Calling for a joint vaccination operational plan in Sudan, the United Nations Children's Fund (UNICEF) today outlined the dire situation for thousands of children living in the Nuba Mountains, which remain inaccessible after four years while conflict in the country continues.
Speaking at a press briefing in Geneva, UNICEF Spokesperson Christopher Mr. Boulierac said the agency had begun the vaccination campaign in January 2015 when the first outbreaks had been reported. UNICEF, he continued, is urging all parties to the conflict to commit to the joint vaccination operational plan that has been in place over the last three years.
Mr. Boulierac said that access for humanitarian aid has not been granted to the three inaccessible areas of the Nuba Mountains, the Blue Nile and the Jebel Mara of North Darfur, and as a result, children there had not been vaccinated.
Currently, he added, UNICEF is “fully operational,” and he hoped the call for a cessation of hostilities would “translate into vaccination of the 165,000 children under the age of five in those inaccessible areas.”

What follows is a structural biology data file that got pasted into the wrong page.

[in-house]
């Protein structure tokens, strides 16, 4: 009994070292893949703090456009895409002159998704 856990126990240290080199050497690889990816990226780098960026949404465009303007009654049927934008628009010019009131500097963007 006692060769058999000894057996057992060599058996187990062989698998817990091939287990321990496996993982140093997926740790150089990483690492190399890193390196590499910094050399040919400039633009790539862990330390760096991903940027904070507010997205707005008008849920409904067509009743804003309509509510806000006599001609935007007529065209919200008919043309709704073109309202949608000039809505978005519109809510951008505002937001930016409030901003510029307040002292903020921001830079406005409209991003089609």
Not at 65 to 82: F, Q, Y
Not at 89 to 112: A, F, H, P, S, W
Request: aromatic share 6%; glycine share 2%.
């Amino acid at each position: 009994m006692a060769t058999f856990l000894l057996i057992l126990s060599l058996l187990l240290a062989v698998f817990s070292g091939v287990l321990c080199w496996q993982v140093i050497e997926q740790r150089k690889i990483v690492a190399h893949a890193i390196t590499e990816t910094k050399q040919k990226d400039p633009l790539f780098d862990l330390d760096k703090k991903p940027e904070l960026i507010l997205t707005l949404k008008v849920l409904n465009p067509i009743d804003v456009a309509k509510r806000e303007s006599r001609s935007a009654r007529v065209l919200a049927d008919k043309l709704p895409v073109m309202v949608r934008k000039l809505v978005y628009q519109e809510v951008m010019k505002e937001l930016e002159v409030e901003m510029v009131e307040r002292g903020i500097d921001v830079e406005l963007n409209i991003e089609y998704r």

Sudan's children, said Mr. Boulierac, continue to be affected by outbreaks of diseases including measles, dengue fever and diarrhoea. He added that it is children that continue to bear the greatest burden as the “double victims” of conflict and chronic under development. In additional, some two million children were severely and acutely malnourished, and in all 18 states of Sudan, malnutrition rates were over the emergency threshold of 15 per cent.
Mr. Boulierac also noted that the UNICEF Sudan humanitarian appeal for 2015 was 72 per cent underfunded. Total funding requirements in 2015 are approximately $ 117 million, of which almost $ 33 million has been received.